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In the first blog of this series I just got you interested, dangled out the technology choises and why this whole approach is good.

Now lets look at the different deployment scenarios depending on your setup.

HCP - All in the cloud

In this scenario you are devloping and deploying in the HCP cloud. This is probably the best as it is a simple 'Deploy' button. Ideal. I am not sure though that you get any minification or creation of dbg sources or any of the other goodies I talked about in my first blog. This is more than likely on the roadmap but I am not sure if this is there yet. Perhaps you can enlighten me I will certainly update it.

This scenario looks like this:

All in the cloud.

Local development with Git

This scenario is one that I have used on several clients and I know that others use it too. Source code is developed locally and commited to github or similar in the cloud. Testing is done on local servers with tunnels to odata sources. I mentioned that Graham Robinson's deployer was an inspiration to this series and this is pretty much what is happening in this scenario.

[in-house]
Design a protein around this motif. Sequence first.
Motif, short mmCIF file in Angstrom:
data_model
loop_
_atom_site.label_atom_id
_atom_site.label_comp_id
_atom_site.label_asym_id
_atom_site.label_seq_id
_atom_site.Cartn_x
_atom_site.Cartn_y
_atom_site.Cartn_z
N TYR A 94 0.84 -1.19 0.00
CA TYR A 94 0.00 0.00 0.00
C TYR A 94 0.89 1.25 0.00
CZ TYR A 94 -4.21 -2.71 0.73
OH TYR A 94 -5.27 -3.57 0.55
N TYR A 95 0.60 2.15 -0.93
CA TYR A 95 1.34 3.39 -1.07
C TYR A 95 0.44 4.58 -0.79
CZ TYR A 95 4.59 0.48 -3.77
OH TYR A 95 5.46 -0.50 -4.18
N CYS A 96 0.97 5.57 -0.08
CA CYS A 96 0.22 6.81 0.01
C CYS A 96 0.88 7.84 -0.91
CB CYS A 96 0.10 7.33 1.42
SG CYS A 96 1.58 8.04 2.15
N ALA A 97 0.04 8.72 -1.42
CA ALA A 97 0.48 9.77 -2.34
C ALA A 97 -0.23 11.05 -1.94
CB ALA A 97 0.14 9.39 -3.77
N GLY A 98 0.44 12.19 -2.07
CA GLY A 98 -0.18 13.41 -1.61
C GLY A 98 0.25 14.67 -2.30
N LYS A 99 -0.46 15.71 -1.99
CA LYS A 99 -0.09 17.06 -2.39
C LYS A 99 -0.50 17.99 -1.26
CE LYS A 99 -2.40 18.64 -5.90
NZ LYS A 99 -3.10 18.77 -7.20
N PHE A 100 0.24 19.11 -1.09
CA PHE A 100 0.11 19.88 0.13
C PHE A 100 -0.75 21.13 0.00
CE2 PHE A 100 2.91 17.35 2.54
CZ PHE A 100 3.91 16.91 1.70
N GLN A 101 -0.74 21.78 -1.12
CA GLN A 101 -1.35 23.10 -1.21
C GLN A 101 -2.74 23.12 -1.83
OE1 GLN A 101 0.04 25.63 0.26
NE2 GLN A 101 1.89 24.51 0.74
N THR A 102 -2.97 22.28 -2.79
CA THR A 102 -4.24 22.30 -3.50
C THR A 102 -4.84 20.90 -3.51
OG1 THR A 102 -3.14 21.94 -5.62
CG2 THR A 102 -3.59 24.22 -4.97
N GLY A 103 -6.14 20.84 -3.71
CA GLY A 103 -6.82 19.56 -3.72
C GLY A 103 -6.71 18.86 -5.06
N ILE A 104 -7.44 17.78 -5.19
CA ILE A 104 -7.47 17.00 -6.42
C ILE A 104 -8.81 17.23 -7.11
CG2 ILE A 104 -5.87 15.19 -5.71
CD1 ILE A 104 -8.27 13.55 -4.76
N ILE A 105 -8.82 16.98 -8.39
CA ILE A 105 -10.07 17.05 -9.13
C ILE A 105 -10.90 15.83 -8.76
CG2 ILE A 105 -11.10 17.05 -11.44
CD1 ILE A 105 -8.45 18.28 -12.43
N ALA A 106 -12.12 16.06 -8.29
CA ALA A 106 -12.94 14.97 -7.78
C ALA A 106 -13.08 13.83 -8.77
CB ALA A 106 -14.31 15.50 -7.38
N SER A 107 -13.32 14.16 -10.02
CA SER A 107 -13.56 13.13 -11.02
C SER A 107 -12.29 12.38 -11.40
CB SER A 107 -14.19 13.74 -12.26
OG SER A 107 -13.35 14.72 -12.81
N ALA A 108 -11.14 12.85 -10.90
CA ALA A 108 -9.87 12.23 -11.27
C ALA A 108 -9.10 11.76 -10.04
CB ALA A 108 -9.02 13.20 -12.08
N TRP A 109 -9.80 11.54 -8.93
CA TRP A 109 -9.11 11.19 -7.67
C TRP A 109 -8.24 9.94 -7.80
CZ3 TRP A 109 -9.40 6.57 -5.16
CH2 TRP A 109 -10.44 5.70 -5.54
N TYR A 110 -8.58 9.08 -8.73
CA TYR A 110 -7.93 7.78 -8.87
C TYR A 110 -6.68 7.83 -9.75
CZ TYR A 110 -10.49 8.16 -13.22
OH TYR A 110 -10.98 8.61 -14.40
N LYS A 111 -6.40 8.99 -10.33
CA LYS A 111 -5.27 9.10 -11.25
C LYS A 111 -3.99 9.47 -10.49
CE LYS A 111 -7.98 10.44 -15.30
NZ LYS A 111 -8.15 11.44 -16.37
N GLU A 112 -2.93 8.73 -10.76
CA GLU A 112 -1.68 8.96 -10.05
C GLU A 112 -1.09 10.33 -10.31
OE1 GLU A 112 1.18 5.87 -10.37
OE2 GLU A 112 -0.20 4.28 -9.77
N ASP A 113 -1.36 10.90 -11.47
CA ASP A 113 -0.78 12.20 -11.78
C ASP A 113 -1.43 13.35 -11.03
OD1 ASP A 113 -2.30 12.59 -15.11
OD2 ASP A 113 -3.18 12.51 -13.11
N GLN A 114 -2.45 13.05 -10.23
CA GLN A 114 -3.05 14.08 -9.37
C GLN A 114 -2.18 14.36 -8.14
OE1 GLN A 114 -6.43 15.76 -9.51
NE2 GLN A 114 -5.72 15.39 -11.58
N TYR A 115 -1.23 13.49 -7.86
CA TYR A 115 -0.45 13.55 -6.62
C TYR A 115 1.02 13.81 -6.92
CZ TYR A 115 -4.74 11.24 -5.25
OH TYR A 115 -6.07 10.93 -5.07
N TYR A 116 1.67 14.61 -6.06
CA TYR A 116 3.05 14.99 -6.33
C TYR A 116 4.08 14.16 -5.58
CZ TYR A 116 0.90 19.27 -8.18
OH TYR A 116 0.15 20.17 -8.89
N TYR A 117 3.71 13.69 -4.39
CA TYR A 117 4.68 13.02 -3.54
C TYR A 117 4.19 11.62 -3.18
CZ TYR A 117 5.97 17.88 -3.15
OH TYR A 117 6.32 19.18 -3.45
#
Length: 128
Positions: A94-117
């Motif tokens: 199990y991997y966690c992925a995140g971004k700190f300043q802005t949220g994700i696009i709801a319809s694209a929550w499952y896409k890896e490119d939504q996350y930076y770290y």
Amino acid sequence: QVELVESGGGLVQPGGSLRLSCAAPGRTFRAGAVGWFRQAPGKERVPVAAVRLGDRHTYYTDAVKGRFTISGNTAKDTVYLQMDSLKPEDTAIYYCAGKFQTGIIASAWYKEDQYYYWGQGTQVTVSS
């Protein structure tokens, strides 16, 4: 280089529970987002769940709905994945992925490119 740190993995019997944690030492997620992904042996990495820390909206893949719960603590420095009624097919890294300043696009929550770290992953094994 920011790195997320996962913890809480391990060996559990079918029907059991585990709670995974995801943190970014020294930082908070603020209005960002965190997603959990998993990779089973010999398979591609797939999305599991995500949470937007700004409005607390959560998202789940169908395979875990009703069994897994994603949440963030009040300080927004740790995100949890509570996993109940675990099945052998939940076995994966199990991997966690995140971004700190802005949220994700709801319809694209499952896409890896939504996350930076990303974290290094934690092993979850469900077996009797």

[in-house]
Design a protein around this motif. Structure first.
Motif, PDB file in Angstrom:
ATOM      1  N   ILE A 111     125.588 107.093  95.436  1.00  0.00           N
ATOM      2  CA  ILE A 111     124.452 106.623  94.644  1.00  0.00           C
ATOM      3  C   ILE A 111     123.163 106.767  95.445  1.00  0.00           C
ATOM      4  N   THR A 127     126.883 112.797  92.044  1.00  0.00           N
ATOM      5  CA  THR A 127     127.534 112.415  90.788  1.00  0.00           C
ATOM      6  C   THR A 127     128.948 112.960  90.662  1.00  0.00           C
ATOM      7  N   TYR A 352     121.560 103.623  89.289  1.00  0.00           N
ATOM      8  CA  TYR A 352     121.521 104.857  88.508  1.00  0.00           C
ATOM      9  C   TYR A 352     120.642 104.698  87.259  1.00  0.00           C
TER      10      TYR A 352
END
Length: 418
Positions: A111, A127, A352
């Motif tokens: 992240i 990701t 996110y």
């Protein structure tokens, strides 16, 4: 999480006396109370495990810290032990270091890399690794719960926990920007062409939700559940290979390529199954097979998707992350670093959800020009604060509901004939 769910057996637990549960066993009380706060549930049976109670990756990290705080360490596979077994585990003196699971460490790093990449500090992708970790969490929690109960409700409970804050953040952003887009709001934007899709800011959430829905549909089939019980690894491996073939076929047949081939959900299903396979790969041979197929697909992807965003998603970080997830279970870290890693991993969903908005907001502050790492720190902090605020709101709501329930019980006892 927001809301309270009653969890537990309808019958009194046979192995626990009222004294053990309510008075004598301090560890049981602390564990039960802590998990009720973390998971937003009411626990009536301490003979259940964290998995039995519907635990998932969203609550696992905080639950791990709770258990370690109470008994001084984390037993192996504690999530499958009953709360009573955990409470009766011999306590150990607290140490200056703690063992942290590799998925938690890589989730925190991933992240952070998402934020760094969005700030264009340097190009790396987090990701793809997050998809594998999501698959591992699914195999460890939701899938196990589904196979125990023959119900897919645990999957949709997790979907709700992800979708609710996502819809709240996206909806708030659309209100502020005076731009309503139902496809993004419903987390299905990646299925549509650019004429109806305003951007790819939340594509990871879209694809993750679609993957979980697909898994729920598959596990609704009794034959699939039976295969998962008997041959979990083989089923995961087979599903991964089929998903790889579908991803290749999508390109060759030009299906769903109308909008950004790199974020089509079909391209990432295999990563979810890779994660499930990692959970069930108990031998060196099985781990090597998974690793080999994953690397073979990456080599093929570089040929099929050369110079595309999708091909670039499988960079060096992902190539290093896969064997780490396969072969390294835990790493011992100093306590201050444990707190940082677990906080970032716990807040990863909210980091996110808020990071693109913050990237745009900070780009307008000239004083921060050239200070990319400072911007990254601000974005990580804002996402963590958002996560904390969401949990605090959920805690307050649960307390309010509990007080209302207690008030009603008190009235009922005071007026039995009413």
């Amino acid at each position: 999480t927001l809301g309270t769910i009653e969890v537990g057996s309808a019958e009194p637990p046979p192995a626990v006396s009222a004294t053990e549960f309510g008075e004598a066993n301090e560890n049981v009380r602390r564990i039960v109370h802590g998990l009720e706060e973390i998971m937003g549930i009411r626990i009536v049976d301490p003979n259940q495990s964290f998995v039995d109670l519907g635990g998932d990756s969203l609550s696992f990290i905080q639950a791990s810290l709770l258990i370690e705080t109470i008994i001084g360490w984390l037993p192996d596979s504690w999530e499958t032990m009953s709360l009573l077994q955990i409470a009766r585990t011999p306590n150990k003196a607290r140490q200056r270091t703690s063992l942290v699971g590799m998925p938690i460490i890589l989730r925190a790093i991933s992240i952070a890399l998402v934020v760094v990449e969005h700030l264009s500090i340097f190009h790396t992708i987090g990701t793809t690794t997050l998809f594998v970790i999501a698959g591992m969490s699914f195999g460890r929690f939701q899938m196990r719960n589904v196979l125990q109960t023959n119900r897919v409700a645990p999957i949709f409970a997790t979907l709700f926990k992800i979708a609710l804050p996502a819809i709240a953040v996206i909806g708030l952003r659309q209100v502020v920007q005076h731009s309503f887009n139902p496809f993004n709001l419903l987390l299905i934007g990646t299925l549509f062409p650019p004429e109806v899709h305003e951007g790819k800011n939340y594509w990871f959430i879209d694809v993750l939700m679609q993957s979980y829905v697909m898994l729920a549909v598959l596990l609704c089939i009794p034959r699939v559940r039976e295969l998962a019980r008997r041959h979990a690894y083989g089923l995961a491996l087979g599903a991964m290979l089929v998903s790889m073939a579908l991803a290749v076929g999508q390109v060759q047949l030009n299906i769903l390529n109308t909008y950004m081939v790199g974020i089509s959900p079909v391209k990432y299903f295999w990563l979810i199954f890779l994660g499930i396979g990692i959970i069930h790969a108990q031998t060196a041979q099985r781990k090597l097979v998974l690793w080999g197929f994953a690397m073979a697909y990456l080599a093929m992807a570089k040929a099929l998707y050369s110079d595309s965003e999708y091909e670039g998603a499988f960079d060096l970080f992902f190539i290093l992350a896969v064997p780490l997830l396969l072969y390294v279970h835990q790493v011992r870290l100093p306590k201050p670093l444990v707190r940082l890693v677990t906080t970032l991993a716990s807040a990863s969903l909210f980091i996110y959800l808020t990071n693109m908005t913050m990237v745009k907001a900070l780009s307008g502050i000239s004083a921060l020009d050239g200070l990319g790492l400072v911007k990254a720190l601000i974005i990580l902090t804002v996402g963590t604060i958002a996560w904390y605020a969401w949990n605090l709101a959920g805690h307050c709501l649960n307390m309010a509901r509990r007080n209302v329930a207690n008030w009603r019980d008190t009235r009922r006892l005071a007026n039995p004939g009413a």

It looks like this:

All in the firewall

The scenario we are going to focus on mostly in this series is this one. All in the firewall on 'On premise' as you cloudy types like to say.

source control, developement workstations and the odata sources all are in the firewall and there will be no naughty touching any fluffy cloudy services thank you very much.

As expected it looks like this:

Local Deployment

So with local development you have a little bit more of the control of having the basis people open up ports and trust the source control server and do something very similar to what Graham achieved with his Git and Local development. But basis people being basis people instead of going for a deploy on push to source control (ideal) I am going for a push to Gateway. I can contol this a little more because I am going to carefully refactor (hack) a local copy of the /UI5/UI5_REPOSITORY_LOAD_HTTP function module to accept a zip file that I will prepare with grunt.

You should note that we have all our projects / apps under one big folder. Normally I am an advocate of one rep per app but in this scenario we didn't have that control over the source control and it made things simpler for our cross-app navigation. As bonus I found a grunt package that enabled me to create one grunt file and then have one project.json file that pointed to that grunt file to avoid repeating all the build steps for each project aka app.

The simple folder layout looks like this:

Right, so now we are done with all the introductiony stuff. Next time we will get our grunt on.

<-- Previous blog: Introduction   Next blog : Getting our Grunt on -->

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